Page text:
Hypersonic technology could be seen as a follow-on to stealth, Lewis said. Even if an aircraft has that kind of technology, it doesn’t mean it is invisible, he said. Adversaries are growing better at spotting stealthy aircraft, he said. Speed might compensate for that, he said. “If I can fly really fast, it makes it harder to act against me. It doesn’t make it impossible. But it makes it harder.”

Top Air Force leaders are indicating that they want to move hypersonic technology to the next level.  Air Force Chief of Staff Gen. Mark Welsh and Secretary Deborah Lee James in the document “America’s Air Force: A Call to the Future,” said hypersonic development was number one on the service’s list of top five technology priorities.  [T]the Air Force sees hypersonic weapons as a potential means to break through anti-access/area-denied battlefields where adversaries have robust defenses….

The Air Force will team with the Defense Advanced Research Projects Agency on two new hypersonic programs, he said. The first will be a cruise missile called HAWC, the hypersonic air-breathing weapons concept. The other is called tactical boost glide, which will accelerate an aircraft to Mach 5 plus speeds, then let it glide to its target.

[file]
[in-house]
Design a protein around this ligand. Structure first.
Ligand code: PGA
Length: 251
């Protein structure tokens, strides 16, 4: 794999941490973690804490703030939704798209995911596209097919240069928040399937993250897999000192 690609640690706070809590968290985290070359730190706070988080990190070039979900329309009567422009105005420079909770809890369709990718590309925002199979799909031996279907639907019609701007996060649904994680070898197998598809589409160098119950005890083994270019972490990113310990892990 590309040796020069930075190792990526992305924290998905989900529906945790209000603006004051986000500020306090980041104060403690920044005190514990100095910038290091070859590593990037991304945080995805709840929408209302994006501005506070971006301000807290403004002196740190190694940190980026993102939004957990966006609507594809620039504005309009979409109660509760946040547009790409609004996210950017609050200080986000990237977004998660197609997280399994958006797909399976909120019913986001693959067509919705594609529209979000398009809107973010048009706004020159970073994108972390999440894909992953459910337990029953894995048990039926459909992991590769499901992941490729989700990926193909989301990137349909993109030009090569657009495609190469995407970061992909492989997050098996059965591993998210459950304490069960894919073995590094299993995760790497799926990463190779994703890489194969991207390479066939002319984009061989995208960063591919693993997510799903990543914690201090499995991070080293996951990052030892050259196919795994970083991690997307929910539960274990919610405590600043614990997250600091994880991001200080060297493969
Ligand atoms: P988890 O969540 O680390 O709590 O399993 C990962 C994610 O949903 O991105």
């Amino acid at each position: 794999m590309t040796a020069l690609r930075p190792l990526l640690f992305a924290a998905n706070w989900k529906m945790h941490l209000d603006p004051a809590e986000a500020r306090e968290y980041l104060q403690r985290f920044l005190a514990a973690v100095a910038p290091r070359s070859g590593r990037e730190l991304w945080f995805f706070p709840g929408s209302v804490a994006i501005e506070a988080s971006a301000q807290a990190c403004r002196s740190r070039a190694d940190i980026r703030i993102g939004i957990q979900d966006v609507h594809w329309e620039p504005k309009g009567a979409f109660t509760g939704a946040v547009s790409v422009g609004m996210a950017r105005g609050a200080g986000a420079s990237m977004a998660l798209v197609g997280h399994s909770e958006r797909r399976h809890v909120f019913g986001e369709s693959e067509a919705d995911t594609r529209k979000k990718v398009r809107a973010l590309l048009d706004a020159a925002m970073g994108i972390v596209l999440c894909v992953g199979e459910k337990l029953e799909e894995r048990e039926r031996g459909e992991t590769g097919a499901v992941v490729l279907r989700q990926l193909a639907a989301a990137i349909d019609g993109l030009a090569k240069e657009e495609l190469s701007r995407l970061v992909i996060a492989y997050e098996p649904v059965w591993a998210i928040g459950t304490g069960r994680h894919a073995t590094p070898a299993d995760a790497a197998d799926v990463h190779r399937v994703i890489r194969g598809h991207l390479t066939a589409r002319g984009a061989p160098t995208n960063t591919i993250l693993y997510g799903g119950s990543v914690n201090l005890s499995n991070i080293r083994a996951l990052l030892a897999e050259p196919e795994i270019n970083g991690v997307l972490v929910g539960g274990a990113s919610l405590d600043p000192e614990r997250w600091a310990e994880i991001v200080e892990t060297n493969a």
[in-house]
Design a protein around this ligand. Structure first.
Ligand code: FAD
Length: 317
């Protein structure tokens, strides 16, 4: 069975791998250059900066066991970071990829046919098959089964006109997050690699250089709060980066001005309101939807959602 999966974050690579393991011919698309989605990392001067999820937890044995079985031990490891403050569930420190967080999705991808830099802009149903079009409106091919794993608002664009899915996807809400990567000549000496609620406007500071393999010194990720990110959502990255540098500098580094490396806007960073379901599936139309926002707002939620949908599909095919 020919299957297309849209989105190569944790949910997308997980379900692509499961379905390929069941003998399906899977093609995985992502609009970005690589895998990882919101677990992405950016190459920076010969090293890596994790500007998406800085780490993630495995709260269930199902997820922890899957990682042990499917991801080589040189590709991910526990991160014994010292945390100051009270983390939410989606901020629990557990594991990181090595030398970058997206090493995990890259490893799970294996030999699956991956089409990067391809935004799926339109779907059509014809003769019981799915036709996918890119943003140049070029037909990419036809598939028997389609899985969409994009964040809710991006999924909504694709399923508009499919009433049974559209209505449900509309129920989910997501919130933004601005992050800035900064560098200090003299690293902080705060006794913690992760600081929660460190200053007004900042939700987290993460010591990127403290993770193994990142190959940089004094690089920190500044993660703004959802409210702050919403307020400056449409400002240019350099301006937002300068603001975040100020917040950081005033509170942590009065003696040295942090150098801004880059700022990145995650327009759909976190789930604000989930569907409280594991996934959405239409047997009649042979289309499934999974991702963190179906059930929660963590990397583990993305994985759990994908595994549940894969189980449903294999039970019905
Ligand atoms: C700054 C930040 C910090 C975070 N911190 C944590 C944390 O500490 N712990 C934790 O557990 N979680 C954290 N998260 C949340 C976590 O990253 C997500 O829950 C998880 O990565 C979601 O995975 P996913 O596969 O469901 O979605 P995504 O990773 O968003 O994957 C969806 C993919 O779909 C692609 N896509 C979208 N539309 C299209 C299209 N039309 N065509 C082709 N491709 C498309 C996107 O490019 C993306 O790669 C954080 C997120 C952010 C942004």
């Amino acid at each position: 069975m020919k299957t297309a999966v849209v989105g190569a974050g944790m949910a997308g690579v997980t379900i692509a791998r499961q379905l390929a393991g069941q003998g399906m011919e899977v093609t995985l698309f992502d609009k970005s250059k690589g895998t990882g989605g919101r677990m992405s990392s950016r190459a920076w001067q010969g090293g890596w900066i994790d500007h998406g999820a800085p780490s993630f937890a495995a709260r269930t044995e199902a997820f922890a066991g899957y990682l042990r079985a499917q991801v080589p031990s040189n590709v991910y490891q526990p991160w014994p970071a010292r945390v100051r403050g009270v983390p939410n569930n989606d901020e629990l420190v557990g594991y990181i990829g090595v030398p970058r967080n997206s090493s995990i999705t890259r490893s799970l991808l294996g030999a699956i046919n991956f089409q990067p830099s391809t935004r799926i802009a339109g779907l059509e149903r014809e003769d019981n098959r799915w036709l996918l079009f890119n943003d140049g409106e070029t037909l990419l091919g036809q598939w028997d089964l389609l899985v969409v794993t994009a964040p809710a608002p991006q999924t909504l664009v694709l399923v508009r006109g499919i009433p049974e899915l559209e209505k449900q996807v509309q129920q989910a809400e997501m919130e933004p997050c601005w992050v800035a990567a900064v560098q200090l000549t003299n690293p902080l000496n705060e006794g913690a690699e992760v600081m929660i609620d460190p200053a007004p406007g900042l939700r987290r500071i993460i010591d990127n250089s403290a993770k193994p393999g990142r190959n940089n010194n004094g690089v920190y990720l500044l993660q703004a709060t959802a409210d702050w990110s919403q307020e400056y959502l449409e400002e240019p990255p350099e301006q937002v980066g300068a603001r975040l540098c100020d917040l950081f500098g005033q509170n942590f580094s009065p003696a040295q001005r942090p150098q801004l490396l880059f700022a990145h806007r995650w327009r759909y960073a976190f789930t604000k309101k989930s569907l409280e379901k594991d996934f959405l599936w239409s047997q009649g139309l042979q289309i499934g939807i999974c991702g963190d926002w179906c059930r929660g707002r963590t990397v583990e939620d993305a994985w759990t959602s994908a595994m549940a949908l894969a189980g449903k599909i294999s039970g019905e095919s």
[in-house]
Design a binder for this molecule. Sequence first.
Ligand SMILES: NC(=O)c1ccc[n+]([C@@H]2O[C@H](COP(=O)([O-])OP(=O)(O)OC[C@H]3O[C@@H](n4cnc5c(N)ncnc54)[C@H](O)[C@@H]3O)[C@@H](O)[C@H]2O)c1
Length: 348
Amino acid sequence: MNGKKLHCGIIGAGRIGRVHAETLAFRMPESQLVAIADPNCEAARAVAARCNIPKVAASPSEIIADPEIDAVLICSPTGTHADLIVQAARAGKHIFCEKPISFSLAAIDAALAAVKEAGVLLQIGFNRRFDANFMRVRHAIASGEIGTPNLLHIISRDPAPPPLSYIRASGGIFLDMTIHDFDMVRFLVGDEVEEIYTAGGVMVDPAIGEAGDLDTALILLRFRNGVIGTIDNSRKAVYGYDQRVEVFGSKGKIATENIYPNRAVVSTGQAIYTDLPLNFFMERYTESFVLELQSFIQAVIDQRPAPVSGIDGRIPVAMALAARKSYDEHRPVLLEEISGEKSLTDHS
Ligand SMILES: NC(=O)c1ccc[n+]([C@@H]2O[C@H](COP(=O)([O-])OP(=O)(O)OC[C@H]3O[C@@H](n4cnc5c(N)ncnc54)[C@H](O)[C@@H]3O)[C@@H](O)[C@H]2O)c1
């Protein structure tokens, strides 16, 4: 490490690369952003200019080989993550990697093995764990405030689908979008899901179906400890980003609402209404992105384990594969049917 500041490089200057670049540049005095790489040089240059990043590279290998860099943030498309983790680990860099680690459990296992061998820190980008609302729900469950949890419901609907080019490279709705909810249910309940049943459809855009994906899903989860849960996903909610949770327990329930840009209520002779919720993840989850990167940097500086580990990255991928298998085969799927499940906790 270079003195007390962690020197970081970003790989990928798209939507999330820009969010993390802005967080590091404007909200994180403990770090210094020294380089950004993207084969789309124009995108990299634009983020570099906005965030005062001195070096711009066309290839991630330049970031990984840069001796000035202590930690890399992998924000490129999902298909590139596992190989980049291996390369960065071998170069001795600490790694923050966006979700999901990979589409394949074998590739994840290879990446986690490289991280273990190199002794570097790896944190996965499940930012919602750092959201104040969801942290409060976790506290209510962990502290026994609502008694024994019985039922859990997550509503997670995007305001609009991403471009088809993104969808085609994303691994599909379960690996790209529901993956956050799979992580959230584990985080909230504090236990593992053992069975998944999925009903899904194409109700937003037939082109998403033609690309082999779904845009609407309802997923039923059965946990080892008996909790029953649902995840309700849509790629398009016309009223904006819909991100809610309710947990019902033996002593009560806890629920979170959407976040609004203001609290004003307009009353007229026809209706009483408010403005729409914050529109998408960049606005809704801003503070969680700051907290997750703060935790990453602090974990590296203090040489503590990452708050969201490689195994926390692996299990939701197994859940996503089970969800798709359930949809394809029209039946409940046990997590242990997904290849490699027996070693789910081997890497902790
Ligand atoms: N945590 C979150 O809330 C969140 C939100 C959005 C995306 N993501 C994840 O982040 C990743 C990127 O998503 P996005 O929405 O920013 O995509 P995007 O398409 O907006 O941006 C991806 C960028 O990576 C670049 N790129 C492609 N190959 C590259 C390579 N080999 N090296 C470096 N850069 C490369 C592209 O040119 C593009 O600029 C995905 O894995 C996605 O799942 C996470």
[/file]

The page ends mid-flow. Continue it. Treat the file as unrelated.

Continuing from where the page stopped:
Similarly, space planes could deliver payloads in minutes. The reusable space plane concept has been proposed many times over the years, and received a new lease on life when DARPA awarded three contracts to Boeing, Masten Space Systems and Northrop Grumman to study the idea of a two-stage launch system that could rapidly place 3,000 to 5,000 pounds into orbit. The Air Force has never given up on that idea, as evidenced by the new DARPA initiative, Lewis said.  Space planes have been talked about for decades, Lewis said. There have been many starts and stops in developing the concept, he added.

NASA’s space shuttle was originally conceived as a vehicle that could rapidly lift payloads into space at low cost, and be flexible and responsive. It never lived up to that promise.

The DARPA experimental spaceplane (XS-1) program envisions a reusable aircraft that could be launched from a mobile platform, and return 10 times within 10 days. It would employ a reusable first stage that would fly to Mach 10 at a suborbital altitude. At that point, one or more expendable upper stages would separate and deploy a satellite into low-Earth orbit.  While a space plane in low-Earth orbit could potentially be used as a weapon, it would more likely be employed as a means to rapidly replace satellites that have been damaged in a space war, or to place sensors over regions where there are currently no assets, Lewis said….

Meanwhile, more akin to the space shuttle than the DARPA concept for the space plane, the Air Force continues to use the X-37B, a top-secret orbiter that also glides to Earth. One has been in orbit since October 2012. The Air Force has repeatedly denied that it has, or is intended to be, weaponized. What its exact mission is remains classified

Excerpts from Stew Magnuson, Hypersonic Weapons Can Defeat Distance, National Defense Magazine, Nov.  2014